Carnival will return at Yukon’s Czech Day

It’s back for first time in three years; 56th annual festival set Oct. 1

Children enjoy a ride on the alligator during the last Czech Day carnival in October 2019 at Old Mill Plaza in downtown Yukon. Oklahoma Czechs, Inc. canceled the official festival in 2020 due to COVID-19 and there was no carnival during the 2021 festival. (Photo by Conrad Dudderar)

By Conrad Dudderar
Staff Writer

Kolache baking already is underway as parade and craft show entries start coming in for Yukon’s Czech Day, which will see the triumphant return of a carnival this fall.

The 56th Annual Oklahoma Czech Festival will be Saturday Oct. 1 in Yukon – the “Czech Capital of Oklahoma.”

Oklahoma Czechs, Inc. plans and presents this grand celebration of Czech heritage and culture.

“We’re hoping to have a bigger and better festival,” Oklahoma Czechs President Marjorie Jezek said. “We’re coming back strong.”

Oklahoma Czechs’ official fall festival in downtown Yukon was canceled in 2020 due to COVID-19 restrictions before returning in October 2021 … but without the always-popular carnival.

“This year, we should be back to normal,” said Jezek, in her 17th year as Oklahoma Czechs’ president.

Part of being “back to normal” Oct. 1 will be staging the Czech Day carnival in Old Mill Plaza. The last carnival was in October 2019 – three years ago.

“The carnival is confirmed,” said Jezek, who has chaired this festival for 20 years. “That’s something everybody really looks forward to.”

It’s also a huge draw that weekend.

Besides the carnival, this year’s festival will feature a parade along Main Street, pivo garden, food booths, authentic Czech music and dancing, and crowning of new Czech-Slovak royalty.

Many activities will center around the Czech Building at 5th and Cedar, known as the festival “hub.”

Oklahoma Czechs volunteers will sell klobasy sandwiches, souvenirs and kolache. Kolache baking crews recently began preparing 2,500 dozen of these treat-filled Czech pastries.

After royalty and parade winners are announced in the afternoon, attention will shift to Yukon Czech Hall (205 N Czech Hall Road) for an annual coronation ball and dance.

Oklahoma Czechs, Inc. folk dancers perform the Men’s Silesian Axe Dance during the 55th Annual Oklahoma Czech Festival in October 2021 outside the Czech Building at 5th and Ash: Clockwise from left, Seth Pruett, Elise Holguin, Martin Parizek, and Katie Clayman. (Photo by Conrad Dudderar)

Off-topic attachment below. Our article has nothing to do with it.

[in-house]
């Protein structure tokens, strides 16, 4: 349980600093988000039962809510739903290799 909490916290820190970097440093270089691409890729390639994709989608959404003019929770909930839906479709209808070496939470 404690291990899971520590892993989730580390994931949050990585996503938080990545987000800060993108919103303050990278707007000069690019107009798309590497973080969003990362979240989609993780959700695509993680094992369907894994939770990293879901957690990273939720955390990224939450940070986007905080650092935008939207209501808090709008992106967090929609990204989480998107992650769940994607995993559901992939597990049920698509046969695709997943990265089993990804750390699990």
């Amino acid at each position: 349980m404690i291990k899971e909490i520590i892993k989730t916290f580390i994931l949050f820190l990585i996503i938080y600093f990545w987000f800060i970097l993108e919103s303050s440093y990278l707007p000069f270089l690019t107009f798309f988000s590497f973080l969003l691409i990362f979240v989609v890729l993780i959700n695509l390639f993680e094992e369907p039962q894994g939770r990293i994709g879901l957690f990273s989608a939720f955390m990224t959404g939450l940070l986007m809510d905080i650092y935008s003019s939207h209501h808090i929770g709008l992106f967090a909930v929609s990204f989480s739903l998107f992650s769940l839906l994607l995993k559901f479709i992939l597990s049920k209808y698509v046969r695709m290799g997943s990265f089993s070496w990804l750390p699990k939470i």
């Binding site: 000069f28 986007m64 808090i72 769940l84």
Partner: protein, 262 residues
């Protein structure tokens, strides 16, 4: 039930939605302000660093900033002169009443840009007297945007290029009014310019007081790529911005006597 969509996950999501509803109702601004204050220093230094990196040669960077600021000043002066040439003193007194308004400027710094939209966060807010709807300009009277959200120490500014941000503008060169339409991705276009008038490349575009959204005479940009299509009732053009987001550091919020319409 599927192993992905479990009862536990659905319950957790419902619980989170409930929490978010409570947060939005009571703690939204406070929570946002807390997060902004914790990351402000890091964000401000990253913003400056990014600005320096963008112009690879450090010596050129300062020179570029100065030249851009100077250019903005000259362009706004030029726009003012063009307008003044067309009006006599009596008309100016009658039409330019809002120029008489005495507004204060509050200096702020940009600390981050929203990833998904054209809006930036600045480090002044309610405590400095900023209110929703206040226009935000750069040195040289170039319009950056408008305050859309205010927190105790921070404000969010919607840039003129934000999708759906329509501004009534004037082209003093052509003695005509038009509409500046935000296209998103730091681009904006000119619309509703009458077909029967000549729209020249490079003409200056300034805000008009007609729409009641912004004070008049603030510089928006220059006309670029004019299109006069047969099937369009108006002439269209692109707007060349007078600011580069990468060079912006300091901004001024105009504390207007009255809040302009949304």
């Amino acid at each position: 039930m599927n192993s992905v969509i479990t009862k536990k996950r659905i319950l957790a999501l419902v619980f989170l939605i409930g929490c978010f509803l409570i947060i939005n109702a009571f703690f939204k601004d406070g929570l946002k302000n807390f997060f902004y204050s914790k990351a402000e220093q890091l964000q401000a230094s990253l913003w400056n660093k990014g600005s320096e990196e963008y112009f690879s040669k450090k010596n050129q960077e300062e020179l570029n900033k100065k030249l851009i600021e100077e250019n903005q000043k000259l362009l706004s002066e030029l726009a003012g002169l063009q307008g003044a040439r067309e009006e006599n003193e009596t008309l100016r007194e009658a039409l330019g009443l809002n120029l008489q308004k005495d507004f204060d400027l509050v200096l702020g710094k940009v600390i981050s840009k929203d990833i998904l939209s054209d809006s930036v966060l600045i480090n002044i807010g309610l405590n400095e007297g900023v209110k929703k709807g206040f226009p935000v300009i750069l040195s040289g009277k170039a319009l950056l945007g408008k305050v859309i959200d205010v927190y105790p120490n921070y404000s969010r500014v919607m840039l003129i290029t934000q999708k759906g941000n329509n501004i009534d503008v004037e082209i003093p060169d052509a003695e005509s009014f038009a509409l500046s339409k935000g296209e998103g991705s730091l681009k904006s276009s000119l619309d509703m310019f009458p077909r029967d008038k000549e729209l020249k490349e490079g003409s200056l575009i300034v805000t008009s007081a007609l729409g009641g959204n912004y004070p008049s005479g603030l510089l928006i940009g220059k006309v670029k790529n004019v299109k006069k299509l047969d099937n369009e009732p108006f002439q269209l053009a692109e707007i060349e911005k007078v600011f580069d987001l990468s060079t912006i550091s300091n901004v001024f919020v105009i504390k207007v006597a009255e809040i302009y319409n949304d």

Oklahoma Czechs parade chairman Jaime Olvera recently started sending out this year’s parade applications, which should be returned by Sept. 1.

Civic groups, businesses, churches, and other organizations are encouraged to complete an application soon, so their entry has a preferred placement along the parade route.

Parade entries exceeded 100 for the 2021 festival. Organizers expect to surpass that total this time.

Anyone interested should contact Olvera at (405) 210-0210 or

Meanwhile, applications for the 2022-23 Oklahoma Czech-Slovak Queen, Junior Queen, Prince, and Princess are due by Aug. 15.

The pageant will be staged Sunday, Sept. 25 at Yukon Czech Hall.

Reigning royalty are Queen Anna Sedivy-Thompson of Edmond, Junior Queen Aspen Hein of Yukon, Princess Kennedy Myrick of Yukon, and Prince Seth Pruett of Prague.

For details, contact pageant director Debbie Kessler at

Jezek returns for her 22nd year as the Czech Festival craft show chairman. There were some 150 booths last year, and more than half the spaces already are filled for Oct. 1.

To reserve a craft booth, call Jezek at (405) 206-8142 (no texting).

Vendor requests also are being accepted for about 30 food booths that will line both sides of 5th Street.

The Oklahoma Czech Festival is Yukon’s largest special event, traditionally held on the first Saturday in October.

To celebrate the City of Yukon’s 75th anniversary, the lodges of Yukon Czech Hall began this festival in 1966.

Oklahoma Czechs’ goal is to preserve and share the old Czech customs so dear to the people of Czech descent.

These customs, including recipes, kroje, songs, and dances, have been handed down from generation to generation.